Jesus amazed people with His character, love, compassion. Jesus also warned about being lost, destroyed, death, hell and fire. Know your audience, be wise and follow how the Spirit of God guides you.

  • Dave_LDave_L Posts: 2,345

    @C_M_ said:

    @Dave_L said:
    I shudder to think of what Hell is like, knowing that all of the suffering in the world came from God's hands for sin. I believe the fear of God will drive many to Christ when they learn it is ultimately God that Jesus saves us from.

    Because he is infinitely righteous and must punish sin to remain righteous. So if we can open people's eyes to see God at work in the world of suffering around us, it can stand as a symbol of how horrible Hell might be, without the good things of earth to surround and temper it.

    Dave,
    There seems to be a pattern of you conveying that God has a dark side and a band of demons working (suffering/mishaps) to bring people to Christ. I get the impression that you think God created Satan to refine humanity. Please clarify, in contrast to, what I feel you are conveying about God. CM

    God is perfectly righteous. And to remain righteous, he must punish sin. And so he does this using Satan, demons, sickness, war, accidents, mayhem and whatever. He owes death and hell to every person born of Adam.

    So that's the starting point. But at the same time, God is perfect infinite love. So he became Christ and took his own wrath on the cross in behalf of all who trust in Christ as their only means of acceptance with God.

    But, even better, just as God considered us all guilty in Adam's sin, he considers all believers righteous in Christ, our representative. But here's the real treat, we have the righteousness of God himself imputed to us and therefore enjoy the same eternal life that only God has.

  • dct112685dct112685 Posts: 1,114

    @Dave_L said:

    @C_M_ said:

    @Dave_L said:
    I shudder to think of what Hell is like, knowing that all of the suffering in the world came from God's hands for sin. I believe the fear of God will drive many to Christ when they learn it is ultimately God that Jesus saves us from.

    Because he is infinitely righteous and must punish sin to remain righteous. So if we can open people's eyes to see God at work in the world of suffering around us, it can stand as a symbol of how horrible Hell might be, without the good things of earth to surround and temper it.

    Dave,
    There seems to be a pattern of you conveying that God has a dark side and a band of demons working (suffering/mishaps) to bring people to Christ. I get the impression that you think God created Satan to refine humanity. Please clarify, in contrast to, what I feel you are conveying about God. CM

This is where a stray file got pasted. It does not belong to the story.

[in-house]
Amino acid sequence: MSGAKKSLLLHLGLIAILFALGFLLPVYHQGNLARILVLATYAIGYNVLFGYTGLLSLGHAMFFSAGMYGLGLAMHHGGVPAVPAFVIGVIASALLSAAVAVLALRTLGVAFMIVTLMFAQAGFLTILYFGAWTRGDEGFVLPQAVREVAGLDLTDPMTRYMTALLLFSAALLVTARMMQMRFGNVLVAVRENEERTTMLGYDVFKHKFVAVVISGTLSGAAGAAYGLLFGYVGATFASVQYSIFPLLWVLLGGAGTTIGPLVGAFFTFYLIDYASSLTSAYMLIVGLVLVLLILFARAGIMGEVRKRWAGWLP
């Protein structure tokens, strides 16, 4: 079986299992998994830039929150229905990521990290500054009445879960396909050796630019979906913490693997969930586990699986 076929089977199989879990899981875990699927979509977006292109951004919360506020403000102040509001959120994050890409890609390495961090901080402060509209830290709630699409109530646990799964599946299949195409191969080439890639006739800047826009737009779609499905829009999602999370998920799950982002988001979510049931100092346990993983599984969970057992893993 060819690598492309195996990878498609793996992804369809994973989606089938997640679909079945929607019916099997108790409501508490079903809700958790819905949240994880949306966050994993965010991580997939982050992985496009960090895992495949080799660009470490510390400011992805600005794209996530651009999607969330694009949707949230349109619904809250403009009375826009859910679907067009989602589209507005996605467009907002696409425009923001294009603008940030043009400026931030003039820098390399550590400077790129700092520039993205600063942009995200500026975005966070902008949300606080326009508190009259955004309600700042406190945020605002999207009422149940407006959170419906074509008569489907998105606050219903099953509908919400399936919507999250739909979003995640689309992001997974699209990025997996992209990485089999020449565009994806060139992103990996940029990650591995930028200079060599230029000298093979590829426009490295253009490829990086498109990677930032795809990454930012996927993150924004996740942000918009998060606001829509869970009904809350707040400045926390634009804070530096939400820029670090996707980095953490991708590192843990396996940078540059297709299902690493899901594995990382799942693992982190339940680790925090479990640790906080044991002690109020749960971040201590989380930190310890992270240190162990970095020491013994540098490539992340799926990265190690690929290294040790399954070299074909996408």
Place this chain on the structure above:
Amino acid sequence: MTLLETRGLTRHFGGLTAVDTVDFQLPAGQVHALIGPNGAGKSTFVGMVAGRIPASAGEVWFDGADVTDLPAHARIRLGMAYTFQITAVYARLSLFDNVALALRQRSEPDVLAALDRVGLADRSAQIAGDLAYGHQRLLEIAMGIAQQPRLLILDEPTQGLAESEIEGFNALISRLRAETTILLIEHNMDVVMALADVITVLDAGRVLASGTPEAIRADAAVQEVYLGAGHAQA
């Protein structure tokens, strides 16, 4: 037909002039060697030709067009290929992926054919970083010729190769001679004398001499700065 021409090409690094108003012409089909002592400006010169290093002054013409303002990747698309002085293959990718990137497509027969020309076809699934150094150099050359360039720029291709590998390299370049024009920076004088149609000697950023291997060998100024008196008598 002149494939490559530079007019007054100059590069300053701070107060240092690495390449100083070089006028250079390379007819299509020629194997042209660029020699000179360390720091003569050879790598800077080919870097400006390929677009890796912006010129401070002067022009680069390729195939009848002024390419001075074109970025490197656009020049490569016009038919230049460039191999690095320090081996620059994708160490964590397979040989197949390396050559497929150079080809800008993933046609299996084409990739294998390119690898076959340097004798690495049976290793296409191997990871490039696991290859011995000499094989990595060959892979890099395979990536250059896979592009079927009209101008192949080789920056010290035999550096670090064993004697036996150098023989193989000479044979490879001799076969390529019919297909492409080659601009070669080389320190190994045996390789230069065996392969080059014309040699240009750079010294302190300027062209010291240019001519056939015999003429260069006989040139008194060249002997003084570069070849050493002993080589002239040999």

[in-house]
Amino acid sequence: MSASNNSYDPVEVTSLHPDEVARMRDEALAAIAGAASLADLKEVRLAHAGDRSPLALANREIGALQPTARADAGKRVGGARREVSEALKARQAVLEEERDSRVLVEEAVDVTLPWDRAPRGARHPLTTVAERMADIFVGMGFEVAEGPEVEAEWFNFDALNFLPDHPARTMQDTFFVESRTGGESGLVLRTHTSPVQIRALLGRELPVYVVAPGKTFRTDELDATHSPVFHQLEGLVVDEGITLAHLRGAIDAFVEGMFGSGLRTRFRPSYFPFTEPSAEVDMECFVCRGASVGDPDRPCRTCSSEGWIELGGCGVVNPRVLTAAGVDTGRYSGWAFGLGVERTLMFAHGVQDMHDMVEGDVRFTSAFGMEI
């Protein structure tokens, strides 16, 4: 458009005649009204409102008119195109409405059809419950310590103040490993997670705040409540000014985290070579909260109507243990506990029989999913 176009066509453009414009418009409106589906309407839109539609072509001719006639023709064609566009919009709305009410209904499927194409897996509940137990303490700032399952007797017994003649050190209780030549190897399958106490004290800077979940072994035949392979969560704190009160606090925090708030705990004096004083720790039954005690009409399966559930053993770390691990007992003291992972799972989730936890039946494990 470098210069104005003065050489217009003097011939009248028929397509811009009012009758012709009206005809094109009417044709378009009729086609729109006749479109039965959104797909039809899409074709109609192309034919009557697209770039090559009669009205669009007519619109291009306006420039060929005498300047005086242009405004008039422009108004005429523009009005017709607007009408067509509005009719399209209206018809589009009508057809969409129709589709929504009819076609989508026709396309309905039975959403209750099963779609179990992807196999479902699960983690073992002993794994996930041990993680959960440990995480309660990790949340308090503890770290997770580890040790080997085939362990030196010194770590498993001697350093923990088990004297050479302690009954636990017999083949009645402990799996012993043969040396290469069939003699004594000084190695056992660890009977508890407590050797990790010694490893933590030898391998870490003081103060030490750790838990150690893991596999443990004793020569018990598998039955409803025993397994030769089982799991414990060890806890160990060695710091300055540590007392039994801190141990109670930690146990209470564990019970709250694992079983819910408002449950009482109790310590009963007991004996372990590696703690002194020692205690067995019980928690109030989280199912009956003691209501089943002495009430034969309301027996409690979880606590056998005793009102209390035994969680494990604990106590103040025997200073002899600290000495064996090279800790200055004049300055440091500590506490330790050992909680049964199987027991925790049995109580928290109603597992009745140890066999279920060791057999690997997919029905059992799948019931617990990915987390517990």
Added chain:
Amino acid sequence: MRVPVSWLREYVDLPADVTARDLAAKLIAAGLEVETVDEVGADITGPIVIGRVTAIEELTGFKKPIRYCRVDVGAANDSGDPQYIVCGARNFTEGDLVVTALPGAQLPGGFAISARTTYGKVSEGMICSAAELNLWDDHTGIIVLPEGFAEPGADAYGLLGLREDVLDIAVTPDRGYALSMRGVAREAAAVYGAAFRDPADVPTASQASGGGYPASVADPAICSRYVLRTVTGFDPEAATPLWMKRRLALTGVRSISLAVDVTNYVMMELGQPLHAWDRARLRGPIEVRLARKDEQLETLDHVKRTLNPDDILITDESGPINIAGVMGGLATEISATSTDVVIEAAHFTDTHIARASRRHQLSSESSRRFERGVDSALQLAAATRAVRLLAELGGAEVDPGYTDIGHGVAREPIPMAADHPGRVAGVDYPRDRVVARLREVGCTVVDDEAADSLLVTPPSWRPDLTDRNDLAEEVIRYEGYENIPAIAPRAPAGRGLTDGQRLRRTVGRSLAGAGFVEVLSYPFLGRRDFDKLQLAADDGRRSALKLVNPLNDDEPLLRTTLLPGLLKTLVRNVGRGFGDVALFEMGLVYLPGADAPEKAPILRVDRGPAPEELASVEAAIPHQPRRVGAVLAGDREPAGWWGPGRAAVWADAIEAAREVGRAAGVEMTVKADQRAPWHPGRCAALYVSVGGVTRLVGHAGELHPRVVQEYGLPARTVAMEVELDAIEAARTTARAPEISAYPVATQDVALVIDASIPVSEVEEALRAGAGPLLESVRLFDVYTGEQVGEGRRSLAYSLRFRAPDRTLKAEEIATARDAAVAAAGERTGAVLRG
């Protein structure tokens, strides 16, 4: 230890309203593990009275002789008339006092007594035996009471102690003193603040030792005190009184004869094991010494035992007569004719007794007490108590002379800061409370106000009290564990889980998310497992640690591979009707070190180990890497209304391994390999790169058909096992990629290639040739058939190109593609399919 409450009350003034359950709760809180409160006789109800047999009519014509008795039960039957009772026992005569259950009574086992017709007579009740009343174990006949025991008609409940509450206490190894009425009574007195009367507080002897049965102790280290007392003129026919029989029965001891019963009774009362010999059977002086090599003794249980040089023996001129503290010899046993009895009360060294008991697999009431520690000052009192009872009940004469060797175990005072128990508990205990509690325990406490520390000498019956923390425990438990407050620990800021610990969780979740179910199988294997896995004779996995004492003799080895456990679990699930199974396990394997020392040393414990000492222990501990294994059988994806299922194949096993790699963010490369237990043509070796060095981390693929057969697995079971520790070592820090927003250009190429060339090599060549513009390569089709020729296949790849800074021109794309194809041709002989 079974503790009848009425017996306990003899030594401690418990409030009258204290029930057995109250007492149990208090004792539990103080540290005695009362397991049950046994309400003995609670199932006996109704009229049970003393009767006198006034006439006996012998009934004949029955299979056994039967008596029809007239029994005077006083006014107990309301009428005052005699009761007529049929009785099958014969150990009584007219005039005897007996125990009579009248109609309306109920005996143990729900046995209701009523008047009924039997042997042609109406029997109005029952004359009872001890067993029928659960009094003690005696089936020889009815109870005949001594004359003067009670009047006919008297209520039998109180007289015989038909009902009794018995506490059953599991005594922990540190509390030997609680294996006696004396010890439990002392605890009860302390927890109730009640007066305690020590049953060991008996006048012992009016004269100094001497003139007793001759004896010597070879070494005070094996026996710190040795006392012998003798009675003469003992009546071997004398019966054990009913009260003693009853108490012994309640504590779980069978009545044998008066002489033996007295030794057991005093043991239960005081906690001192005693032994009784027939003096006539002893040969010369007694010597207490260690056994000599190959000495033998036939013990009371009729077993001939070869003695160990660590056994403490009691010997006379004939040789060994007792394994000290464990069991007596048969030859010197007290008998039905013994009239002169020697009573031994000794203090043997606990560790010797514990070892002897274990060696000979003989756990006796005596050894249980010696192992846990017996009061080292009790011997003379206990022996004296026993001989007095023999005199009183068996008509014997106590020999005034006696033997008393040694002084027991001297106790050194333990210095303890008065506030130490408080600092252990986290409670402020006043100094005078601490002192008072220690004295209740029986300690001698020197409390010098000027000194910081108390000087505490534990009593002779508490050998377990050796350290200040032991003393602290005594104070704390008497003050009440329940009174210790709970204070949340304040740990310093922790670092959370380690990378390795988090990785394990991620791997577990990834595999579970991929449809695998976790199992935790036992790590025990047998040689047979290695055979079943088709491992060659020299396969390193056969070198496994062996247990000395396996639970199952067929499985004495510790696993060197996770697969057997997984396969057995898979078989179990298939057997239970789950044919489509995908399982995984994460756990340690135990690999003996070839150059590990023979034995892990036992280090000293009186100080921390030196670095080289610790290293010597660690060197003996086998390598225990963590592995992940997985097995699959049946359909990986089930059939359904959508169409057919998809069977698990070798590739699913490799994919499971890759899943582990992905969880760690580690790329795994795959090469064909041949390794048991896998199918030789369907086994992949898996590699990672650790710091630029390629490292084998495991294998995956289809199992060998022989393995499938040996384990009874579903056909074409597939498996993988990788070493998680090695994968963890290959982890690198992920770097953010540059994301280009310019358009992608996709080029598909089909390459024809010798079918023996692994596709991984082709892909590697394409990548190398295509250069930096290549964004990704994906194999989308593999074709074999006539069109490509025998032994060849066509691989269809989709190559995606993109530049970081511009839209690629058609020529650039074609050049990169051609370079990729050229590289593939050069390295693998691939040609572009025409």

God is perfectly righteous. And to remain righteous, he must punish sin. And so he does this using Satan, demons, sickness, war, accidents, mayhem and whatever. He owes death and hell to every person born of Adam.

    I disagree that he uses Satan and Demons to punish sin. They are being punished themselves. How exactly are they used to punish sin? Please explain.

    So that's the starting point. But at the same time, God is perfect infinite love. So he became Christ and took his own wrath on the cross in behalf of all who trust in Christ as their only means of acceptance with God.

    God did not become Christ. Christ already existed.

    All that being said, what does this have to do with the thread topic?

  • Dave_LDave_L Posts: 2,345
    edited March 2018

    @davidtaylorjr said:

    @Dave_L said:

    @C_M_ said:

    @Dave_L said:
    I shudder to think of what Hell is like, knowing that all of the suffering in the world came from God's hands for sin. I believe the fear of God will drive many to Christ when they learn it is ultimately God that Jesus saves us from.

    Because he is infinitely righteous and must punish sin to remain righteous. So if we can open people's eyes to see God at work in the world of suffering around us, it can stand as a symbol of how horrible Hell might be, without the good things of earth to surround and temper it.

    Dave,
    There seems to be a pattern of you conveying that God has a dark side and a band of demons working (suffering/mishaps) to bring people to Christ. I get the impression that you think God created Satan to refine humanity. Please clarify, in contrast to, what I feel you are conveying about God. CM

    God is perfectly righteous. And to remain righteous, he must punish sin. And so he does this using Satan, demons, sickness, war, accidents, mayhem and whatever. He owes death and hell to every person born of Adam.

    I disagree that he uses Satan and Demons to punish sin. They are being punished themselves. How exactly are they used to punish sin? Please explain.

    So that's the starting point. But at the same time, God is perfect infinite love. So he became Christ and took his own wrath on the cross in behalf of all who trust in Christ as their only means of acceptance with God.

    God did not become Christ. Christ already existed.

    All that being said, what does this have to do with the thread topic?

    The wages of sin is death and sickness in all its forms.